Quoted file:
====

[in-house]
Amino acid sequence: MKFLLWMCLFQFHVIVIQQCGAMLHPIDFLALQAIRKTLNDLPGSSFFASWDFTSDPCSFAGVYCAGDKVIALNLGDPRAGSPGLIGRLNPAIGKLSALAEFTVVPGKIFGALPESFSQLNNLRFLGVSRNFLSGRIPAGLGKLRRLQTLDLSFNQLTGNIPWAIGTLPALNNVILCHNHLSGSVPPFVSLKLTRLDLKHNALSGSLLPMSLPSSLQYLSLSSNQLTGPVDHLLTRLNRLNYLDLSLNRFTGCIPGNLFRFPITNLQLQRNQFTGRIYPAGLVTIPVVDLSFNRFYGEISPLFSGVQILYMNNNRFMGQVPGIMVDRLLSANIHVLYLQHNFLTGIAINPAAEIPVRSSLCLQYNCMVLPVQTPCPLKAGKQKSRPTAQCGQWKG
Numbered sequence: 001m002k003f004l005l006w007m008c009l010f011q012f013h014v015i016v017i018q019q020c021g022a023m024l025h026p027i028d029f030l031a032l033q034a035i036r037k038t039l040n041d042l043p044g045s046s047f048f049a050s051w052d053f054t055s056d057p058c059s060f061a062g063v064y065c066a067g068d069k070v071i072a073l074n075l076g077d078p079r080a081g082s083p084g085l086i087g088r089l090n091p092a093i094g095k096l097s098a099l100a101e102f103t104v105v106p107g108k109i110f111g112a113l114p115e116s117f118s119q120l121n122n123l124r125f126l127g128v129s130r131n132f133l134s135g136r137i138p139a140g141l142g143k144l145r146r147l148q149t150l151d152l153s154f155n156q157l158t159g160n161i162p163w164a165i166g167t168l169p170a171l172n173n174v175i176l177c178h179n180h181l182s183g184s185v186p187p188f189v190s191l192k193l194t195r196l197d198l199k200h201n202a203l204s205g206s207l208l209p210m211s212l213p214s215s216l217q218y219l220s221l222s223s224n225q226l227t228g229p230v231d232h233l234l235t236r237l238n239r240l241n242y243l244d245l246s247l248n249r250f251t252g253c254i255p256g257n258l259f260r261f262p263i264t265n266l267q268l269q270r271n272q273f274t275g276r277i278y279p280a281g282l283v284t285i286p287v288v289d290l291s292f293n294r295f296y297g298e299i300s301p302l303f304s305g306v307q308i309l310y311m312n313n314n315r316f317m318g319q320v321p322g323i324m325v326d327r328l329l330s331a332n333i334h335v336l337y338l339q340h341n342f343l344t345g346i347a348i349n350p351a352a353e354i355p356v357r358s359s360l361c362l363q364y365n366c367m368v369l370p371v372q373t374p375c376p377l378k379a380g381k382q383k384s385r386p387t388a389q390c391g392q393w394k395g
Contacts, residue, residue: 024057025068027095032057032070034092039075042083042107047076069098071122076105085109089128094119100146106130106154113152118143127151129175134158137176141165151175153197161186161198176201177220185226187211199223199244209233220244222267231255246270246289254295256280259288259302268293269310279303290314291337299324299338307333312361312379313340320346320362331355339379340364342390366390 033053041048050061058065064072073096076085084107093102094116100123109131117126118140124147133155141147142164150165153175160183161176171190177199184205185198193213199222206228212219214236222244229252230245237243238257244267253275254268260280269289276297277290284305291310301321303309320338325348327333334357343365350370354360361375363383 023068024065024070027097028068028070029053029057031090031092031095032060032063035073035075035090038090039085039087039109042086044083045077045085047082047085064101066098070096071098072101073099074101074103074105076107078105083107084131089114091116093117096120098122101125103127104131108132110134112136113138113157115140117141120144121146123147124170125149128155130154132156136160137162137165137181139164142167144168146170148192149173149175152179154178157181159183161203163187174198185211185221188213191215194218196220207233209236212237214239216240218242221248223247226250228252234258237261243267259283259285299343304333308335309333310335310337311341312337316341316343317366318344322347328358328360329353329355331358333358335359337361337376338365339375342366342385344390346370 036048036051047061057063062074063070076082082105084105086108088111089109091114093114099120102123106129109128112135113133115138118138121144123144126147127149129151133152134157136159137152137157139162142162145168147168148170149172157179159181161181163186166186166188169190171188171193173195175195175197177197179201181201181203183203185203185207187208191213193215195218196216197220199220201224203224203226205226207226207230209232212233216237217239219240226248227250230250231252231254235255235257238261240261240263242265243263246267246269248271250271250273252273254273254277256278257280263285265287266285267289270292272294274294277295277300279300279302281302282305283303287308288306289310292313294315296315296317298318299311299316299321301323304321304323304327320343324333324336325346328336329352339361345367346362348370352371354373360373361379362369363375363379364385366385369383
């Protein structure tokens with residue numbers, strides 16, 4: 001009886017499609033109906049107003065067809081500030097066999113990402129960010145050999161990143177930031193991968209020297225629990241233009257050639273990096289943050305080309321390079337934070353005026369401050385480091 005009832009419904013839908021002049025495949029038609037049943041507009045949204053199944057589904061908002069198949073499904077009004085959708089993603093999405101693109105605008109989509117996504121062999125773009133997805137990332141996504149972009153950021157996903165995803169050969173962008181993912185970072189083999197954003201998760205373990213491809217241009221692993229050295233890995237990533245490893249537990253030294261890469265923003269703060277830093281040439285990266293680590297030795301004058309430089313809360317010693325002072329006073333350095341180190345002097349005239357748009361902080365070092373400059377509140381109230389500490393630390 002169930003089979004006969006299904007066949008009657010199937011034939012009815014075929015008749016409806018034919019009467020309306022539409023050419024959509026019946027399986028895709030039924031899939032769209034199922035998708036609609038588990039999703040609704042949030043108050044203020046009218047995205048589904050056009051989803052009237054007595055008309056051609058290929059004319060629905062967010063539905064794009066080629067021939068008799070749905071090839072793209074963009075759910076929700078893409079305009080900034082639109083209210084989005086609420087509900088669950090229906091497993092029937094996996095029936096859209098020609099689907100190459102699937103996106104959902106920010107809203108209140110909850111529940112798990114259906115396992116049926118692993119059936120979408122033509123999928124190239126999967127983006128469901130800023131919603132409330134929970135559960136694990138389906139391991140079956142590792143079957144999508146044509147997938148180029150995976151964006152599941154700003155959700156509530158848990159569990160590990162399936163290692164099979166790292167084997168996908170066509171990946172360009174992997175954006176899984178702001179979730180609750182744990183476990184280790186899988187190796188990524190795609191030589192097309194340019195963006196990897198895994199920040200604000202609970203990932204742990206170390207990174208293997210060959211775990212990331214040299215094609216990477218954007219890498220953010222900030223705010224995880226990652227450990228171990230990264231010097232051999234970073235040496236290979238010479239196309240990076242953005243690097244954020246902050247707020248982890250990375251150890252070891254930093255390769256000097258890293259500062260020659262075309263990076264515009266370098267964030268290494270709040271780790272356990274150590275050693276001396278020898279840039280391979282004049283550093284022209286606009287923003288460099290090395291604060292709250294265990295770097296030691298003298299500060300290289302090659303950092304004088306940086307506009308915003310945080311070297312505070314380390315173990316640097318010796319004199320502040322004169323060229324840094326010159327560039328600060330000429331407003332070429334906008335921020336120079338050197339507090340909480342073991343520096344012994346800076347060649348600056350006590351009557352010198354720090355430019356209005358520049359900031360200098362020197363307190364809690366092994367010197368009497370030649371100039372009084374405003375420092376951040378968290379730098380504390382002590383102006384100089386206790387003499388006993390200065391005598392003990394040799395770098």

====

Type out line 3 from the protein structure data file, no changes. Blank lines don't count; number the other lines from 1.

Numbered sequence: 001m002k003f004l005l006w007m008c009l010f011q012f013h014v015i016v017i018q019q020c021g022a023m024l025h026p027i028d029f030l031a032l033q034a035i036r037k038t039l040n041d042l043p044g045s046s047f048f049a050s051w052d053f054t055s056d057p058c059s060f061a062g063v064y065c066a067g068d069k070v071i072a073l074n075l076g077d078p079r080a081g082s083p084g085l086i087g088r089l090n091p092a093i094g095k096l097s098a099l100a101e102f103t104v105v106p107g108k109i110f111g112a113l114p115e116s117f118s119q120l121n122n123l124r125f126l127g128v129s130r131n132f133l134s135g136r137i138p139a140g141l142g143k144l145r146r147l148q149t150l151d152l153s154f155n156q157l158t159g160n161i162p163w164a165i166g167t168l169p170a171l172n173n174v175i176l177c178h179n180h181l182s183g184s185v186p187p188f189v190s191l192k193l194t195r196l197d198l199k200h201n202a203l204s205g206s207l208l209p210m211s212l213p214s215s216l217q218y219l220s221l222s223s224n225q226l227t228g229p230v231d232h233l234l235t236r237l238n239r240l241n242y243l244d245l246s247l248n249r250f251t252g253c254i255p256g257n258l259f260r261f262p263i264t265n266l267q268l269q270r271n272q273f274t275g276r277i278y279p280a281g282l283v284t285i286p287v288v289d290l291s292f293n294r295f296y297g298e299i300s301p302l303f304s305g306v307q308i309l310y311m312n313n314n315r316f317m318g319q320v321p322g323i324m325v326d327r328l329l330s331a332n333i334h335v336l337y338l339q340h341n342f343l344t345g346i347a348i349n350p351a352a353e354i355p356v357r358s359s360l361c362l363q364y365n366c367m368v369l370p371v372q373t374p375c376p377l378k379a380g381k382q383k384s385r386p387t388a389q390c391g392q393w394k395g